They might, but I think it’s something deeper than that. In hindsight, here’s how the scene categorizes Carcass’s albums:
            Reek of Putrefaction – Grindcore
            Symphonies of Sickness – Death metal
            Necroticism – (perhaps) Prog death metal
            Heartwork – Melodeath
            Swansong – Death’n’Roll
            Surgical Steel – OSDM

            Now, according to interviews with Jeff Walker I’ve read, here’s the band’s own categorizations of their work:
            Reek of Putrefaction – Death metal
            Symphonies of Sickness – Metal
            Necroticism – Metal
            Heartwork – Metal
            Swansong – Metal
            Surgical Steel – Metal

            Obviously the fans’ and journalists’ categorizations are more thorough and descriptive than Carcass’s for the purposes of what they sound like; but I do think Jeff Walker has a point in some ways.

            For one thing, the terms “melodeath” and “prog-death metal” didn’t even exist at the time Heartwork and Necroticism were released; but those records both copped their share of flack from fans accusing them of selling out and playing something that wasn’t death metal anymore. Weird in hindsight I know, but I can assure you that’s how it was at the time.

            As for Reek – “Grindcore” was a term invented by Mick Harris to describe his band only. It was then picked up by Earache as a marketing term and applied to anybody from Godflesh to Repulsion (whose recorded output actually pre-dated the term anyway). Many other “grindcore” bands of the day – such as Carcass and Extreme Noise Terror – resented the term and couldn’t see how it possibly applied to them. (Ironically, nowadays Jeff Walker often uses the term “grindcore” to describe Reek and even sometimes Carcass’s music in general, but that’s because over the years he’s given up trying to fight the way history has been written – as many artists eventually do.)

            To the members of Carcass, “death metal” is a movement that started in the mid-’80s and was all over by the end of 1989. They saw their first record (rather presumptuously) as the last “real” death metal record, everything which followed under that banner as generic copycats, and their own output from Symphonies onward as “just heavy metal but with harsher vocals.” In other words, they’re looking at the whole thing from a completely different perspective to the way us fans do.

          • sweetooth0

            Here’s how I see it:
            Reek of Putrefaction – Goregrind (the first goregrind release I would say)
            Symphonies of Sickness – Goregrind/Death Metal
            Necroticism – Death Metal
            Heartwork – Melodic Death Metal
            Swansong – Death’n’Roll
            Surgical Steel – Melodic Death Metal

            Of course as you say, many of those genres weren’t genres at the time since Carcass was a band that can be considered a pioneer in most of them.

          • Max

            A perfectly reasonable summary.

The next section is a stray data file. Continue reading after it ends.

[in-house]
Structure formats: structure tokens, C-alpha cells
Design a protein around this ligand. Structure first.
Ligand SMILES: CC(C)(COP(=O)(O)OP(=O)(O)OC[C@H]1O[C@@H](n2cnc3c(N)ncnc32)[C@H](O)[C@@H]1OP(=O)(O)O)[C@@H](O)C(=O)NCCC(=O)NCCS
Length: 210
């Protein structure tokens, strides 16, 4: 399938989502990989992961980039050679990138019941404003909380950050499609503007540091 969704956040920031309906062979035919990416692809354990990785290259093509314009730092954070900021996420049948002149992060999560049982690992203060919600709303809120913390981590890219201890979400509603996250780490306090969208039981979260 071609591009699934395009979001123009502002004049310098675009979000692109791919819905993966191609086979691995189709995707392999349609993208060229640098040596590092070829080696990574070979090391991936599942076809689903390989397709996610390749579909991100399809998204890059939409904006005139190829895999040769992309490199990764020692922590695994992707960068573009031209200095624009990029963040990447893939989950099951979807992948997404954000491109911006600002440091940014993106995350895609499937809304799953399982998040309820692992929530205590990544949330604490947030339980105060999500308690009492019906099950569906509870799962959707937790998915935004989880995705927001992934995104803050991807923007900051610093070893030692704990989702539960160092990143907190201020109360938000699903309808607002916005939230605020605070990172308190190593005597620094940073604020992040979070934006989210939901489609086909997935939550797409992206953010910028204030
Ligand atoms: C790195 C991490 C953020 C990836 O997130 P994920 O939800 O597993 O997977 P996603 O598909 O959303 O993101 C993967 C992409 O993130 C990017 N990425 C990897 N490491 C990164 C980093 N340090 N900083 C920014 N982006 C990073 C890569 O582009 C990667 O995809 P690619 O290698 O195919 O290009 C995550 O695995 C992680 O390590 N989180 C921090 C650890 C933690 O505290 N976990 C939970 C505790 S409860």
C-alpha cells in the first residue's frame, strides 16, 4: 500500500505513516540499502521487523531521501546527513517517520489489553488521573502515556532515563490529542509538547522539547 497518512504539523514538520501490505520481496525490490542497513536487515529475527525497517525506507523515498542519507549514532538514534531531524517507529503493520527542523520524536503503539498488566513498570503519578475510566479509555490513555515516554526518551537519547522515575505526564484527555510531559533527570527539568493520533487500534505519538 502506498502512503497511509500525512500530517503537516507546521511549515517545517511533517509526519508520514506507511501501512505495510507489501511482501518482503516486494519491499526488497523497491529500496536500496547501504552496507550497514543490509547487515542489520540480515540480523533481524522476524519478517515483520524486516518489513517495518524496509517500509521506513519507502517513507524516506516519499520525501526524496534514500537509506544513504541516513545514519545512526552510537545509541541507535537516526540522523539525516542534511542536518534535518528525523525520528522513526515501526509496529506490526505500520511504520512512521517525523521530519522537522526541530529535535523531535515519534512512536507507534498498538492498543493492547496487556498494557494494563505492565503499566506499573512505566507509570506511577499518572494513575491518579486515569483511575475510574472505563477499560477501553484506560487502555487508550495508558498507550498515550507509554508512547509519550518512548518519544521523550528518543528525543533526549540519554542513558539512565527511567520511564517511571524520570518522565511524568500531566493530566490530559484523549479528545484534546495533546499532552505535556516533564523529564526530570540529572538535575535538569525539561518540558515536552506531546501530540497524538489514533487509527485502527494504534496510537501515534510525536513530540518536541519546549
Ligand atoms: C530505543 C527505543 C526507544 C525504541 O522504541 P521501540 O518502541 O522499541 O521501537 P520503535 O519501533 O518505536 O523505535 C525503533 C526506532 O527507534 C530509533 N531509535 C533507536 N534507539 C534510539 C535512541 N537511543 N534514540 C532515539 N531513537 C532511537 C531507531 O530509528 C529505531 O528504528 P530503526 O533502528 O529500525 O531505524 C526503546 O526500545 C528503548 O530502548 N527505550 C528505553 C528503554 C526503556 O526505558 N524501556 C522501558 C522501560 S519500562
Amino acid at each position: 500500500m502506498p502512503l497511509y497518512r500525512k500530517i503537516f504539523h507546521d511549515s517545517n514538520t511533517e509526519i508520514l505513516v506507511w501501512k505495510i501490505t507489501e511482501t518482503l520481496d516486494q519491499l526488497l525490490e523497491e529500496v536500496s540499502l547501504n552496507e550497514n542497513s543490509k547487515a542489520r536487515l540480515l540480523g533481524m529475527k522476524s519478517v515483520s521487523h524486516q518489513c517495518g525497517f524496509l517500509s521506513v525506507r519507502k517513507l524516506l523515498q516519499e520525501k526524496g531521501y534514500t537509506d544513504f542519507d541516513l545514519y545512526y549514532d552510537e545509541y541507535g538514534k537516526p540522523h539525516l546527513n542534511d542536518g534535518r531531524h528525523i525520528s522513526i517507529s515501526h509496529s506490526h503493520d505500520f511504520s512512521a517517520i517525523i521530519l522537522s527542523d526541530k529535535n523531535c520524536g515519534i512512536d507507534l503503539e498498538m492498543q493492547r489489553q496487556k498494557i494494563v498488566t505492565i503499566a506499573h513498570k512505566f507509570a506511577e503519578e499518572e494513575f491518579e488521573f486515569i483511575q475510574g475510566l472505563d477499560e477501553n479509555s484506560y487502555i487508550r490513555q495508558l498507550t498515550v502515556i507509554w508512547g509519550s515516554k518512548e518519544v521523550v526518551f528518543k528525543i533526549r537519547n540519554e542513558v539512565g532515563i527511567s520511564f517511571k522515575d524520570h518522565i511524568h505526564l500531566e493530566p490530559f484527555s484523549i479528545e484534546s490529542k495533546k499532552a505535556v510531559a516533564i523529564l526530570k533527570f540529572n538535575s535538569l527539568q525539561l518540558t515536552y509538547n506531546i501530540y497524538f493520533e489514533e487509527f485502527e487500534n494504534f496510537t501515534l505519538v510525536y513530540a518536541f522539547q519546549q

• ME GORAK B.C.™

            DEATH ROCK!!!!!!

  • Herr Schmitty

    I finally went and picked up Nile’s Annihilation of the Wicked, only about 200 more classic albums for me to assimilate and absorb!

  • Celtic Frosty

    This morning I added Kvist and Obtained Enslavement because of a Twitter convo I was following about 90’s black metal. Obtained Enslavement is fucking sweet.

    • RJA

      I have never heard obtained enslavement – these type of lists and discussions really put a hit on my kvlt points.

    • King Shit of Fuck Mountain

      Obtained is great. Pest, pre/during/post Gorgoroth.

    • BobLoblaw

      Kvist is awesome. Check out For blood, honour, and soil by twin obscenity

  • King Shit of Fuck Mountain

    Realms of Chaos had Andrew Whale on drums.

    • Celtic Frosty

      Ah, fuck me…I could’ve sworn I’d read somewhere that he was their drummer from the beginning.

      • King Shit of Fuck Mountain

        No biggie, not harping on ya dude. No harm, no foul. Just being a cunting fact checker for accuracy.

        • Celtic Frosty

          We’re adding an editor’s note now. Thanks for the heads up.

          • King Shit of Fuck Mountain

            No problem!

    • Paddlin’ Rites ov Beargod

      Would’ve been a bit hard for “Kiddie” to tour with BT back in ’89, given he was 12 at the time

  • Did not expect to see Craft in that playlist. Craft is some mean sounding black metal! Total Soul Rape & Terror Propaganda are probably my 2 favorite albums by them. Definitely worth checking out. Just some good ol’ fashioned simple/mean sounding black metal with the right riffs.

    • RJA

      They are immensely underrated. The first time I heard those albums I thought “how are these not talked about more”.
      How does dismember end up on this list frosty? Jesus Christ.

      • Indeed, you rarely ever see their name brought up. I think this whole MDF thing will generate more exposure for em though in the U.S. We’ll see.

  • Megan Alexandra

    I hate myself for not knowing this Dismember record.